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Richards v. Gibson

United States District Court, S.D. Mississippi, Southern Division

February 4, 2015



LOUIS GUIROLA, Jr., Chief District Judge.

BEFORE THE COURT is the [14] Motion to Alter or Amend Order Denying Motion to Compel Arbitration and Stay Proceedings filed by Defendant Tower Loan of Mississippi, LLC. Having considered the Motion and the applicable law, the Court is of the opinion that the Motion should be granted. As set forth herein, the Court is of the opinion that Richards must submit her claims against Tower to arbitration.


Plaintiff Richards originally sued Defendants Tower, Mark Gibson, and HL & C Jackson, LLC, in the Circuit Court of Jackson County, Mississippi. After Richards amended her Complaint to state federal claims against the defendants, Tower, with the consent of the co-defendants, removed the action to this Court. After doing so, Tower filed the present Motion. On November 17, 2008, Tower made a residential loan to Richards secured by a mortgage on Richards' home. ( See Am. Compl. 2 (¶¶ 8-9), ECF No. 3-2). According to the allegations of her First Amended Complaint, Richards refinanced the loan with Tower several times, which refinances were secured by the original home mortgage and also by other property. ( See id. at 3 (¶¶ 10-12)). The final refinance agreement, which is the subject of this action, was in the amount of $96, 600.00 and took place on January 9, 2012. ( See id. (¶12)).

Richards alleges that when it became hard for her to continue making her monthly payments to Tower, she contacted Tower about a loan modification, which Tower refused. ( See id. at 5 (¶29)). She claims that Tower told her that it "was going to foreclose on her home[, ]" and that this was "seemingly in retaliation for merely asking about a loan modification...." ( See id. (¶30)). She contends that a Tower employee then referred her to Gibson, [1] who "told Richards he could help." 1 ( See id. at 5-6 (¶¶ 35-43)). Richards states that Gibson told her "that in order to avoid the foreclosure [she] would have to sign an assumption warranty deed whereby [Gibson] obtained title to Richards' home." ( See id. at 6 (¶48)). She also states that Gibson "assured her that he did not want her home[, but] stated he only wanted the money he paid to Tower Loan for her mortgage." ( See id. ). Richards thus transferred title to her home to Gibson and/or HL & C and began making monthly payments to Gibson at his request. However, Tower foreclosed a few months later and purchased Richards' home at the foreclosure sale. ( See id. at 7 (¶¶ 49-55)).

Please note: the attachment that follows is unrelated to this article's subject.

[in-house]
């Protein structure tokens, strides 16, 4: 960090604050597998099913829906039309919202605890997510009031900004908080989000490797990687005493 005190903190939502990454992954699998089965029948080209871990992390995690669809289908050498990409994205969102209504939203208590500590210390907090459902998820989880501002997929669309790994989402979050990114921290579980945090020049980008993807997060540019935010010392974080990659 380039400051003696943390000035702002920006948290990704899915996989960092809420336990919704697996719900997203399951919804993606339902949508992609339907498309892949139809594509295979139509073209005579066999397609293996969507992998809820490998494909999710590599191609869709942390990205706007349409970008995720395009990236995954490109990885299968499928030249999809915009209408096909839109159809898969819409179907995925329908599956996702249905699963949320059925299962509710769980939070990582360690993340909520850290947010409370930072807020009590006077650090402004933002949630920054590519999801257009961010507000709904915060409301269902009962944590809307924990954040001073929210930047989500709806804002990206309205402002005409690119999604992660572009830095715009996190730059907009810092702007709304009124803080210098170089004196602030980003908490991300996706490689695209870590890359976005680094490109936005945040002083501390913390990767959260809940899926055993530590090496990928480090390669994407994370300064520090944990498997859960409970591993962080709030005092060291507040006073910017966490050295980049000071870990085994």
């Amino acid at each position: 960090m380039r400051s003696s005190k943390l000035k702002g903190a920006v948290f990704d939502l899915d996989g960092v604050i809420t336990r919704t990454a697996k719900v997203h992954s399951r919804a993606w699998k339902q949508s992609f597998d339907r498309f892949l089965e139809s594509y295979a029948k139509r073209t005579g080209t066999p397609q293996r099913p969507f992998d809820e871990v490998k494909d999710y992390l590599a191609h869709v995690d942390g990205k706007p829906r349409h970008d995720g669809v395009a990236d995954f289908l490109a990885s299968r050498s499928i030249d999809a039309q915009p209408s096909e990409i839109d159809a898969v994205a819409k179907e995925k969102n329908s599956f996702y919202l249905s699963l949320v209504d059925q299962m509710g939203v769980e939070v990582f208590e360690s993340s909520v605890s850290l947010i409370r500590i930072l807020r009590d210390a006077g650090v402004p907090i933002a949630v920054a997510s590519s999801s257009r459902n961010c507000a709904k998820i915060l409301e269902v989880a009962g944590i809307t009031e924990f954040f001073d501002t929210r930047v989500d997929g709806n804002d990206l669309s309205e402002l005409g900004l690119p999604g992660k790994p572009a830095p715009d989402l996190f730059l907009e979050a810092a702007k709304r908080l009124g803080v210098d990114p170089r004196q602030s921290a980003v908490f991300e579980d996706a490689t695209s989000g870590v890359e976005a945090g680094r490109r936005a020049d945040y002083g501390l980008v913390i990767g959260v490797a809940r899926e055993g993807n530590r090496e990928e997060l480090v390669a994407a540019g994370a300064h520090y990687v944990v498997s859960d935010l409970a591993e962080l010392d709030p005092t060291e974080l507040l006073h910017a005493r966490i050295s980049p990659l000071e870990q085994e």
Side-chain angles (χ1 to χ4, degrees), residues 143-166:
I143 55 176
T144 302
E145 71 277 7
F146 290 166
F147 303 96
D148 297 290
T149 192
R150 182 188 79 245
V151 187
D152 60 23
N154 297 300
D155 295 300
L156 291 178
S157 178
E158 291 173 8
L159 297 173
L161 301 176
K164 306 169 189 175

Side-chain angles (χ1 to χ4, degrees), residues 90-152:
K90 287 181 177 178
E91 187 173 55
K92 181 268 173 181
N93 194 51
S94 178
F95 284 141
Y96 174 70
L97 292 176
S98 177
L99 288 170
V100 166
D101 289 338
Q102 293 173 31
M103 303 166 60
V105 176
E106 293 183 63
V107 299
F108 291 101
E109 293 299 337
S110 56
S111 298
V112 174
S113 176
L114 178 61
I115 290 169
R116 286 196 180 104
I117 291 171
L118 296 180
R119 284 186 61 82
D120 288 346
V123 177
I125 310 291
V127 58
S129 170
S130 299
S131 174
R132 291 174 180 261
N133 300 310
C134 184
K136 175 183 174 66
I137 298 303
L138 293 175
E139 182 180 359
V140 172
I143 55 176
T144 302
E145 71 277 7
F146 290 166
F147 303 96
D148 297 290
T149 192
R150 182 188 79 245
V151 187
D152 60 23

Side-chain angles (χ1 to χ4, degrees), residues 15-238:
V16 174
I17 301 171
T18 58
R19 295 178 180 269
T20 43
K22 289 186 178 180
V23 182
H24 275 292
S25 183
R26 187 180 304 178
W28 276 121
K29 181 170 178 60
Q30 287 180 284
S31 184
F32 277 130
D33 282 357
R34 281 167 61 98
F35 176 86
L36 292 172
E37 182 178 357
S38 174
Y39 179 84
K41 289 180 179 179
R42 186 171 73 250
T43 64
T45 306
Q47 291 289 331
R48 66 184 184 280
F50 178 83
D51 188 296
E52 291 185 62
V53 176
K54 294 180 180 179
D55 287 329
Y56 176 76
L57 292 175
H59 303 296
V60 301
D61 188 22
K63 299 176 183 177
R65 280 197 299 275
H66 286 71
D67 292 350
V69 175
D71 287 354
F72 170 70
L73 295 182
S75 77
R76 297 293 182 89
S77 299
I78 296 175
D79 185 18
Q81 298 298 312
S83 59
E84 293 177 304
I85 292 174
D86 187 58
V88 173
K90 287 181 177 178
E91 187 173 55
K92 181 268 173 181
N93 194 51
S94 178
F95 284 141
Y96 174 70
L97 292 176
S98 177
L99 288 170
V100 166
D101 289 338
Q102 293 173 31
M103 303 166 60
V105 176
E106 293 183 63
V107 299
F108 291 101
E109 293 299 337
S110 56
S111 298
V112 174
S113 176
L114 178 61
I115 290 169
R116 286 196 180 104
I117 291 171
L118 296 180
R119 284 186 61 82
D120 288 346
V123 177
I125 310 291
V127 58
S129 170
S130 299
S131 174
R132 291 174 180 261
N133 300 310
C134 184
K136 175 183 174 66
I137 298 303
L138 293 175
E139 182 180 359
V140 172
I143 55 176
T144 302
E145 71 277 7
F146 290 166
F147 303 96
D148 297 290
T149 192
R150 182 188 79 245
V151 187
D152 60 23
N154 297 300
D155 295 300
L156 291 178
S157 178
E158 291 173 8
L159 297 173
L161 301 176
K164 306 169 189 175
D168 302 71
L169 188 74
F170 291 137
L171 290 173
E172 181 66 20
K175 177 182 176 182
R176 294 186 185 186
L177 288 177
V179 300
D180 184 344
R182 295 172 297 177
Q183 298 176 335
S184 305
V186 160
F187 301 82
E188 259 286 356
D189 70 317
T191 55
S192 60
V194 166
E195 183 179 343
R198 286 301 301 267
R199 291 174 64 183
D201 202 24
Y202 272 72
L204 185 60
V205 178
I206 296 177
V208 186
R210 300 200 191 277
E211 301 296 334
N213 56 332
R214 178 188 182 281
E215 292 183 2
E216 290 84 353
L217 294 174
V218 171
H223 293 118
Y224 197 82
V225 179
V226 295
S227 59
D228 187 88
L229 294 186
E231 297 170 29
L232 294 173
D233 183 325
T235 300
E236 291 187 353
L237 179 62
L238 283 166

Richards contends that the January 2012 loan from Tower violates provisions of the Truth in Lending Act (TILA) and Home Ownership and Equity Protection Act (HOEPA) and that the defendants induced her "into a foreclosure rescue scam." ( See id. (¶57)). She includes the following Counts against the defendants in her First Amended Complaint: accounting, equitable mortgage, fraud, tortious breach of contract, breach of fiduciary duty, usury, violations of TILA/HOEPA, and negligence. Tower has moved to compel arbitration of all claims based on the Arbitration Agreement provision contained in Richards' January 2012 refinance of her mortgage loan with Tower.

On January 29, 2015, the Court denied a Motion to Compel Arbitration and Stay Proceedings Pending Arbitration filed by Defendant Tower Loan of Mississippi, LLC. The next day, Tower Loan filed the subject Motion, arguing (1) that the Court denied it an opportunity to file a reply, and (2) that the controlling provisions of the Dodd-Frank Act did not go into effect until 2013 - after the date of the subject loan - and, thus, does not prohibit arbitration in this action.